I had about 48 hours in Canggu and Seminyak. The weather was pretty bad for most of it, with several extremely heavy storms (which also led to the beaches being littered with rubbish and debris), so I spent most of my time visiting coffee shops and shopping, although I managed some beach time too. I gave up on the idea of walking on account of the absent pavements, flooded roads and heavy traffic, using Grab to get around instead.

Days 12–15: Jimbaran
I took a Grab from Canggu to Jimbaran, which cost about £10 and took an hour. I was staying at the Intercontinental Bali Resort, a beautiful hotel located right on Jimbaran Beach with fantastic facilities, including multiple swimming pools and a spa. I was working pretty much the whole time I was there so I didn't get to see too much outside the resort, but there are definitely worse places to work... On the last morning, I took a Grab to the airport (around £4), which took about 15 minutes.


If you're looking for packing tips for Bali, check out my recommendations of tried-and-tested products for travel.

Getting there. I flew with Malaysia Airlines, from London Heathrow via Kuala Lumpur. The total flying time was about 16 hours (13 hours to KL and 3 to Bali), and although I only had to wait two hours in KL on the way, the return journey had a seven-and-a-half-hour layover from 4 pm until 11:30 pm. I managed to persuade my colleague to travel into KL with me — it was incredibly quick to get out of the airport and took just under an hour to go by Grab into the city. Luckily, I'd been to KL three years earlier and knew where to go to get some food and do some shopping. Alas, the weather hadn't improved in my absence! 

Getting around. To get from one destination to the next, I mostly used cars booked by the hotels I was staying in. This isn't the cheapest way of doing things — and all you have to do is walk down the street in Ubud to find a whole host of would-be drivers — but I appreciated the convenience and peace of mind. I tried to walk around as much as possible, sometimes taking a Grab car in Ubud and Canggu, which was cheap and easy. I'd read that it wasn't always easy to hail taxis on the street in Bali, but I found it was very difficult not to hail a taxi, especially in Canggu!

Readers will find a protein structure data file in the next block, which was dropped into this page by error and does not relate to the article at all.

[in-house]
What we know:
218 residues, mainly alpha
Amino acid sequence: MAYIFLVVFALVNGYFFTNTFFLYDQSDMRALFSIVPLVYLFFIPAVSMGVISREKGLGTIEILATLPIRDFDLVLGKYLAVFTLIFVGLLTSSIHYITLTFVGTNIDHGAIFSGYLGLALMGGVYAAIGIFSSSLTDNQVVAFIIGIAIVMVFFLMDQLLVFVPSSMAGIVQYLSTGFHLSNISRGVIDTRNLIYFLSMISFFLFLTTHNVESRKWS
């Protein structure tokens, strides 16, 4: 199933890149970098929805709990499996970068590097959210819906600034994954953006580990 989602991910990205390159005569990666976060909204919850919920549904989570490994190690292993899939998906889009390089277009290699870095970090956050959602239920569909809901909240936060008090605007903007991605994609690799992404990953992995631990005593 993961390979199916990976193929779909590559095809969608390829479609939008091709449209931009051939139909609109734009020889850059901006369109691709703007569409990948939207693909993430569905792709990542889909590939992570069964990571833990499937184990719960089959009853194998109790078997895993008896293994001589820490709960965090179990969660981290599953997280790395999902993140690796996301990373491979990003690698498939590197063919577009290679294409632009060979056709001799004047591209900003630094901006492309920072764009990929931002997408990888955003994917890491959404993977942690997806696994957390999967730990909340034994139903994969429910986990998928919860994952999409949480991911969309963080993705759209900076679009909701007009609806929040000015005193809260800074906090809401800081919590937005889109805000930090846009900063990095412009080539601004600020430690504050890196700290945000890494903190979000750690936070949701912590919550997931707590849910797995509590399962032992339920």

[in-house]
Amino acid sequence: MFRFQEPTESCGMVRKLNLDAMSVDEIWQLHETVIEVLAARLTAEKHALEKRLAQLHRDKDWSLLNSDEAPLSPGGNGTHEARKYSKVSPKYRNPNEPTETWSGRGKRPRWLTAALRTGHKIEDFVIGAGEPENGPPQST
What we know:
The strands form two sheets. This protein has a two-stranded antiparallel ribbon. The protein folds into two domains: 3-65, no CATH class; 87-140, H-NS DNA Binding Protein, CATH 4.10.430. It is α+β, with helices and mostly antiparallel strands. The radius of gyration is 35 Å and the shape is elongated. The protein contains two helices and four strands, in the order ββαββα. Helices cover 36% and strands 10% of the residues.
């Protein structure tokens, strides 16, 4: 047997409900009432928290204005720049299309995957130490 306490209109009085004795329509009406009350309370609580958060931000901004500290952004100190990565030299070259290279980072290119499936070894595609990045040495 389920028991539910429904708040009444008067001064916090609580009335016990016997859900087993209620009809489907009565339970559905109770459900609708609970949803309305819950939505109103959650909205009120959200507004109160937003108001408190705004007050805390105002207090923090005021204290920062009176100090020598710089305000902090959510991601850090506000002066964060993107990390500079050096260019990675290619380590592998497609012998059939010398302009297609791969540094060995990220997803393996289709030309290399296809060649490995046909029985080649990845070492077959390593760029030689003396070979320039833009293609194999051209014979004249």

Language. Most Balinese people speak Balinese and Bahasa Indonesian, and English is also spoken widely, especially in tourist areas. As usual, I tried to learn a few words and phrases like matur suksma (thank you) and om swastiastu (hello).

Mobile data & wifi. In the UK, my contract with Three allowed me to use my mobile data when roaming in various countries, including Indonesia. Unfortunately, they ended this contract three days before the end of my trip so I also bought an eSIM through Airalo. This allowed me to receive text messages and calls on my existing number but use the eSIM for mobile data needs. I paid about £11 for a 30-day sim with 3Gb of data that can be used in 13 Asian countries (crucially, given my KL layover, including both Indonesia and Malaysia). Between my two sims, I usually got sufficient mobile data coverage to do the usual holiday tasks of looking up information online, planning routes in Google Maps and Instagramming beautiful Bali! The wifi was very good in all of the hotels I stayed in and many restaurants, cafes and tourist attractions offered free wifi too.

Money. Bali uses the Indonesian rupiah (IDR), of which the 100,000 IDR note (about £5.50) is the largest denomination. For ease, I tended to do conversions on the basis of 100,000 IDR being about £5 and then rounding up. I took about £300 of cash with me as I'd read that very few places outside of hotels and high-end restaurants would accept credit cards. In fact, I was able to pay by credit card or Apple Pay in a lot of coffee shops, eateries and shops, especially in Ubud, Canggu and Seminyak. Do make sure you have plenty of cash when you go to the Nusa Islands as cards aren't as widely accepted and ATMs are limited (some only allow withdrawals from local bank accounts).

Power outlets. Bali uses the 'type C' standard European plug and socket system. Several of my hotels had multi-sockets that would accept UK and/or US plugs, but it's best to err on the safe side and take an adapter.

Weather. October is the start of the rainy season in Bali and indeed, I saw plenty of rain during my trip. In the mountains of Munduk it was sunny every morning and would then rain heavily just after lunch. Ubud was grey and rainy for almost my entire stay, although it was lovely and sunny during my tour of East Bali. It was very hot and sunny on the Nusa Islands, until the last morning when there was a torrential downpour. The downpours and greyness continued in Canggu, although I got some nice sunsets in Jimbaran. 

All of this is to say that although the rainy season in Bali probably doesn't mean it will rain all day, every day, you should definitely be prepared for some heavy downpours. I brought a lightweight rain jacket (although when it's 31C, even that felt like too much) and an umbrella but constantly struggled with knowing whether to bring my sunglasses and cap or rain jacket and brolly. Basically, I should have just brought them all every day!